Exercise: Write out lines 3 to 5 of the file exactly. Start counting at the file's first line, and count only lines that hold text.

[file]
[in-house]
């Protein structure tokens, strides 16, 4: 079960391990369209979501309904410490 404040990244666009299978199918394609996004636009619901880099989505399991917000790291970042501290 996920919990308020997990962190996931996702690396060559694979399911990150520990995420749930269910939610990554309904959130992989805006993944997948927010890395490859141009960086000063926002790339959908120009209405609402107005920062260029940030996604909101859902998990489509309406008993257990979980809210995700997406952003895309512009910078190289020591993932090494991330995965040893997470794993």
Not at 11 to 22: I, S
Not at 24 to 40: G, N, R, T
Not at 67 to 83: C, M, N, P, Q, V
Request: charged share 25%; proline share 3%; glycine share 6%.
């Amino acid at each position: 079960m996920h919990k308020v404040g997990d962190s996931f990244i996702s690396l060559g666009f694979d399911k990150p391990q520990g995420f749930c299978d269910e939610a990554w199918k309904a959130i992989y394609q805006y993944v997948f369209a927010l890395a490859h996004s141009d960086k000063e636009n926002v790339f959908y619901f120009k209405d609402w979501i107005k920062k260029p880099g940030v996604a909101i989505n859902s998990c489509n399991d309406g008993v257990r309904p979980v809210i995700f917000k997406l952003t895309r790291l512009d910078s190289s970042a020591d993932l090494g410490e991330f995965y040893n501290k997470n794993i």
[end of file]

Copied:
Not at 11 to 22: I, S
Not at 24 to 40: G, N, R, T
Not at 67 to 83: C, M, N, P, Q, V